For data analysts using R, this is huge. Find out how to generate the graph you need for the data you have with just a few clicks.
Yes, you’ll find some fine print explaining that the site is not comprehensive. BUT, it still has a trove of graph types and accompanying R and python code to generate them.
Tip from the R Bloggers
Update: from the O’Reilly Data Science Newsletter, I learn that the Data to Viz site has a CAVEATS page, showing many of the most common “worst practices” of data visualization, whether confusing, misleading, or downright deceptive.
I’m not quite sure, though, why the site displays only 7 examples when I select the Top 10 filter ….
I was preparing a data analysis assignment for one of my classes, and decided I needed an example for my students. Similar to what I’m asking of my students, I wanted to use public employee salary data from the the Texas Tribune Government Salaries Explorer. After a few moments’ thought* , I hit upon the topic of salaries for non-tenured faculty at the University of Texas at San Antonio, where I teach statistics.
I downloaded the UTSA data–an Excel CSV file–and selected out employees whose job titles contained the words “ADJUNCT”, “LECTURER”, or “TUTOR”, and copied those to a separate worksheet page. From there on, every bit of my example was done using R, all composed and arranged nicely with RStudio. The full analysis is here, but look at this interesting graph:
- How the heck do two part-timers in the College of Education and Human Development’s Department of Educational Leadership and Policy Studies make over $100K annually? That’s one sweet gig!
- Working in the Women’s Studies Institute is a vow of poverty. Should have gone to trade school.
- The Writing Core Program is almost as bad. Learn to write advertising copy and move to the College of Business Marketing Department.
- Part-time NTT economists seem to make more than full-timers. That doesn’t seem to make make economists credible.
*Thanks for the nudge from a new follower, Adjunct Professors—-Overworked & Underpaid!
The Confucius Institutes in the US are in the government’s crosshairs:
President Trump is about to sign the new National Defense Authorization Act, which will prohibit funding to Chinese-run Confucius Institutes on American campuses.
Texas Senator Ted Cruz added the key amendment to “The National Defense Authorization Act for Fiscal Year 2019,” which also restricts funding to universities that host Confucius Institutes and requires them to provide a public record of any agreements or contracts they have with the program, which has deep ties to the Chinese Communist Party.
This is going to be a bit of a problem at UT San Antonio:
Right out of Lenin: “The Capitalists will sell us the rope with which we will hang them.”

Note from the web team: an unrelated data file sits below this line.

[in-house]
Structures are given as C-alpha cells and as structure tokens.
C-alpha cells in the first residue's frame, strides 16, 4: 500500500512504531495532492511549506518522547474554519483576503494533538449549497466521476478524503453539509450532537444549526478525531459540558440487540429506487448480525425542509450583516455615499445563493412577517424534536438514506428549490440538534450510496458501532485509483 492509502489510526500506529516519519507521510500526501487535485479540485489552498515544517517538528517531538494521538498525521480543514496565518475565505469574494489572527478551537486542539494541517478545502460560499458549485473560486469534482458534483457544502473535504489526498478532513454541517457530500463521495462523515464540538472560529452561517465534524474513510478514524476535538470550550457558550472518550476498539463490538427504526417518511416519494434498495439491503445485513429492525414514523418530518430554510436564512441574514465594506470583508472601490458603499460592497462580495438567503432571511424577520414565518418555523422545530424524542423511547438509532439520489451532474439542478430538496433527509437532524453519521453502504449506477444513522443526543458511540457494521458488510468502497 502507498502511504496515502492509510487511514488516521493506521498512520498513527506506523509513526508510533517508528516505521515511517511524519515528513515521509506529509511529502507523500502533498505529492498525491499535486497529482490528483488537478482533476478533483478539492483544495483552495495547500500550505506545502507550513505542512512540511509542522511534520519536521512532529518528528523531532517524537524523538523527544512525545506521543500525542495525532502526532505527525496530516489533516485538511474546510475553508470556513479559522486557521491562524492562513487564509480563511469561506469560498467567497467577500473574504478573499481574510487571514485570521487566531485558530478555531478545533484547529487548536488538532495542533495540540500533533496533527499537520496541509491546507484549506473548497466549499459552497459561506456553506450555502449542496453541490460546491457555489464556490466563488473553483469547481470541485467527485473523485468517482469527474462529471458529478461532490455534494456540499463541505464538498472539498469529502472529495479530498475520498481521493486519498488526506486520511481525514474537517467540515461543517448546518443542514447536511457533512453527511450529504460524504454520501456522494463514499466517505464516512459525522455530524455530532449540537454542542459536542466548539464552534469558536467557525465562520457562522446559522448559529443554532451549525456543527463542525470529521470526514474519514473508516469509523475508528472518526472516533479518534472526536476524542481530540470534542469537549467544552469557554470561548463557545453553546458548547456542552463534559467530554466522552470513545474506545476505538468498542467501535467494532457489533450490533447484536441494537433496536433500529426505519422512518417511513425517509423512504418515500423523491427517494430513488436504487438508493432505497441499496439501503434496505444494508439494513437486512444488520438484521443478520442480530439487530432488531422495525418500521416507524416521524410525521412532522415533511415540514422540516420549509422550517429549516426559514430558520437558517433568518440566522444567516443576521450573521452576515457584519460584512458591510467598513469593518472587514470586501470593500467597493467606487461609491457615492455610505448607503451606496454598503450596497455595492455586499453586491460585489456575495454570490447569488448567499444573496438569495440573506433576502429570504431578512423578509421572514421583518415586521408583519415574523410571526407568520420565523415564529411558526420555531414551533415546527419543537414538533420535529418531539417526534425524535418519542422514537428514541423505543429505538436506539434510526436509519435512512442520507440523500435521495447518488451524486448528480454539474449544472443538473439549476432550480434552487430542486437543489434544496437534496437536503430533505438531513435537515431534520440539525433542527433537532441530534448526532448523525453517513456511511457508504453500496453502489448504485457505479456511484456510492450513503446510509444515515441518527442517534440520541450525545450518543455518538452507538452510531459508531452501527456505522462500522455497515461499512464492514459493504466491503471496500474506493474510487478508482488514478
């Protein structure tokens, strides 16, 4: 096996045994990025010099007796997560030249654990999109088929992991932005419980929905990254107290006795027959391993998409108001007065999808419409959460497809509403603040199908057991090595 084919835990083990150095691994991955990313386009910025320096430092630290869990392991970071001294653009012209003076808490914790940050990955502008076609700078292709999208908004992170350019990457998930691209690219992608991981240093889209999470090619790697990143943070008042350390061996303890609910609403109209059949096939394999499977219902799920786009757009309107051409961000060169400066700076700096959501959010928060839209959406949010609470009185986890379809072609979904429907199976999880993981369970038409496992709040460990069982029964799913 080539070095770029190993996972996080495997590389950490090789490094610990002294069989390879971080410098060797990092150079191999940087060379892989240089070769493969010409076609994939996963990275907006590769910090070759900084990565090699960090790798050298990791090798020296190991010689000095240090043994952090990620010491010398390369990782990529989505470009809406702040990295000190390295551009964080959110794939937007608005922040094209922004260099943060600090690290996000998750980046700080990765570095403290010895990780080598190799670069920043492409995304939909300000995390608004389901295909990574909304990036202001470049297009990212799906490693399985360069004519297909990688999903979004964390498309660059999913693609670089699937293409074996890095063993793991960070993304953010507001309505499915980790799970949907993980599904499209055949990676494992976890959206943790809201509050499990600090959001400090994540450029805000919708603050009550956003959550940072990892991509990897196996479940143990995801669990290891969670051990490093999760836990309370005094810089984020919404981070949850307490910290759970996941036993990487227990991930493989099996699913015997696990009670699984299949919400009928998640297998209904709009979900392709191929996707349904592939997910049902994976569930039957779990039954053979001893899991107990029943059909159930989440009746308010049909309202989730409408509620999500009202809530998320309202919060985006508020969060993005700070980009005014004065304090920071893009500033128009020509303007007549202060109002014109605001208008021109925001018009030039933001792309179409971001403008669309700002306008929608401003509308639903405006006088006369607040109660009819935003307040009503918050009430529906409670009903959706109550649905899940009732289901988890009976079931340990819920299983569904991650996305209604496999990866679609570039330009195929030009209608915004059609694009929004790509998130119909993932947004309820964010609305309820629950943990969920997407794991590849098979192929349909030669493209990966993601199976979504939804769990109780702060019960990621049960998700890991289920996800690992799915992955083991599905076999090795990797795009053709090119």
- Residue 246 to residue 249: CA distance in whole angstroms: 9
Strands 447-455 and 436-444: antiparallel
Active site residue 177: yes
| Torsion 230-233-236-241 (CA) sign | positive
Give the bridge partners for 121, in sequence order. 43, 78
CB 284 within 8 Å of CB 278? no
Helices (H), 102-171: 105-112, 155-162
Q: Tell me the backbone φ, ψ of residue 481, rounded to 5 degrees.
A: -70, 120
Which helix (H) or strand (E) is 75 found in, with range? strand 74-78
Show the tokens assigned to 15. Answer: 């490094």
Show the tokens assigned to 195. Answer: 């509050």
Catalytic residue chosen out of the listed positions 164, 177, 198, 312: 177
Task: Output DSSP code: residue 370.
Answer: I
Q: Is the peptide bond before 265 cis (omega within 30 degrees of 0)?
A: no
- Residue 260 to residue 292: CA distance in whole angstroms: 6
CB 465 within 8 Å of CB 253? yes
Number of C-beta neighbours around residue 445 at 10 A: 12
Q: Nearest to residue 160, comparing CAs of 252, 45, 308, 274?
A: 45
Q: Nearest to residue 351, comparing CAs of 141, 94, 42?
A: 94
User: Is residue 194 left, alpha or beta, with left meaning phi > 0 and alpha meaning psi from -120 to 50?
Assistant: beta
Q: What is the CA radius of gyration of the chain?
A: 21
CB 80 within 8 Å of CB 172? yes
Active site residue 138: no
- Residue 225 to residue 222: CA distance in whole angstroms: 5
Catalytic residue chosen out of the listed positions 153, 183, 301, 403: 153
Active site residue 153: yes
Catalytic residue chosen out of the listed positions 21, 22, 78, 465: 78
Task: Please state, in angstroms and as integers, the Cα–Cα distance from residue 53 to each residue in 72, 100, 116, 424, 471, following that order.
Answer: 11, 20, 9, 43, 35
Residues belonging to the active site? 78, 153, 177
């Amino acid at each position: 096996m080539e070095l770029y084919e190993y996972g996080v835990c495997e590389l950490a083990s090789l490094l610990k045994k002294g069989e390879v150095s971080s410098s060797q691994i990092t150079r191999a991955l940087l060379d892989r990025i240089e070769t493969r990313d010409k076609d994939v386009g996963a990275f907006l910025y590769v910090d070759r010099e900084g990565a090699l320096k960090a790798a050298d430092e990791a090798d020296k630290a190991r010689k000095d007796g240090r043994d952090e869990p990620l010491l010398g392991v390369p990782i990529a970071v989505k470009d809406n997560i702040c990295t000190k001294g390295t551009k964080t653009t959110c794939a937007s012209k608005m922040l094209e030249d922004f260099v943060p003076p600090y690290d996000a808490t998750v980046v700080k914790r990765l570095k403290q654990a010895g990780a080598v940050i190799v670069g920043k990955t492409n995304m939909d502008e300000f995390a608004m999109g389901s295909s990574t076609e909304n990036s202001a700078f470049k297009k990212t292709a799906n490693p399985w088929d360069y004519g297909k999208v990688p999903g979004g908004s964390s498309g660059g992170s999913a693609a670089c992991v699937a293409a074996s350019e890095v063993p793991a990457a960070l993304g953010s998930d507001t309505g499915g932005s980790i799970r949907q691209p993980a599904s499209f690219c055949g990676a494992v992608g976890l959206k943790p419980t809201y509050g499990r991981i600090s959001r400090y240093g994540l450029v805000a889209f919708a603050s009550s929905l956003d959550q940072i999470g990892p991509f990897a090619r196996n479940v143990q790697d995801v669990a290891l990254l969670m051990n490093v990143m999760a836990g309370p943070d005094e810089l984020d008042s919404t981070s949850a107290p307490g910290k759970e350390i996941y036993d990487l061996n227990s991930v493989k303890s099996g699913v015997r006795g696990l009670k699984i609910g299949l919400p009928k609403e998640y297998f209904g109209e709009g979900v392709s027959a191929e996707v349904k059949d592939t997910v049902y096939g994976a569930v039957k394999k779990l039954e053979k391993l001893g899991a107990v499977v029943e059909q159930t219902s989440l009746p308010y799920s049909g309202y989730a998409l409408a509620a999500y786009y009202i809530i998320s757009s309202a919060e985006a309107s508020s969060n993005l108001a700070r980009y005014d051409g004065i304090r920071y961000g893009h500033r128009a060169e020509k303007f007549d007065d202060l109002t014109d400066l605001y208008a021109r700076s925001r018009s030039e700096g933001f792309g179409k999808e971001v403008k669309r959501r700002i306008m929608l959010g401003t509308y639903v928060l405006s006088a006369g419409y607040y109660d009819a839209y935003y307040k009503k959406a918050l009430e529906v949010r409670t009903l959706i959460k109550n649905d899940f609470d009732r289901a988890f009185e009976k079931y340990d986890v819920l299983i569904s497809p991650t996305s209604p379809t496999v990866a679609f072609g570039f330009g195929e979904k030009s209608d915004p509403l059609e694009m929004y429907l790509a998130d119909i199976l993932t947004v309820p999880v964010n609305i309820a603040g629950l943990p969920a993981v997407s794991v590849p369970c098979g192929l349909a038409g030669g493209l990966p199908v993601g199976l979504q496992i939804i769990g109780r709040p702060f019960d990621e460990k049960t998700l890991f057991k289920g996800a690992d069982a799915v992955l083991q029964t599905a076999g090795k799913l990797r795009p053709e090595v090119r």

Update: Apparently UTSA has learned from the Confucianists to “embrace the harmony of opposites.”
This is what happens when city folk “play country:”
Live poultry in backyard flocks are linked to several multistate outbreaks of salmonella infections that have now sickened 212 people in 44 states, federal health officials warned Monday.
Health officials advise washing with soap and water right after touching live poultry or anything nearby. They also advise not letting live birds inside the house, especially where food or drink is prepared, served or stored. Also, no kissing or snuggling with birds only to then touch your face or mouth.
You shouldn’t have to tell people this.
Tip from Drudge, who don’t permalink nuthin’.
Texas is awash in margaritas, both frozen and on the rocks. Most are made with some sort of evil bar mix, shaken by hand or machine, and dished up in glass with a salted rim. As Dan Jenkins wrote about chicken-fried steak, “Pretty good. But not real good.”
Inspired by reading a recipe on the back of a liquor bottle, I’ve concocted a Better Margarita, for folks who want to go beyond the mediocre.
Ingredients (to make 2 doubles) In a large shaker half-filled with ice, add
- 4 shots of good (not excellent) white tequila
- 1 shot of triple sec or orange liqueur (I prefer Patron Citronge)
- 1 shot of lemoncello (the secret ingredient)
- fresh juice of 8 limes
- juice of one small orange (see prep below)
- one or two of the lime peels from the juicing
Preparation for serving
- for each drink glass, cut a thin slice from the center of a fresh orange, juice the rest
- use a piece of lime peel from the juicing to moisten the rim of each glass
- set each glass, inverted, into a shallow dish of margarita salt (kosher salt works OK)
- into each salted glass, place an orange slice
Do the deed
- Cap the shaker and shake until the shaker is covered in condensation
- Pour into the prepared glasses, filling almost to the rim
Caution: this recipe makes TWO DOUBLES. Do not plan on driving or operating machinery after drinking one of these. Do not plan on inciting a revolution in Mexico after drinking two of these.
Web surfing occasionally leads me to the Lid Blog. I’m always amused with this admonition for commenters
One of these things is not like the others. CAN YOU TELL WHICH ONE?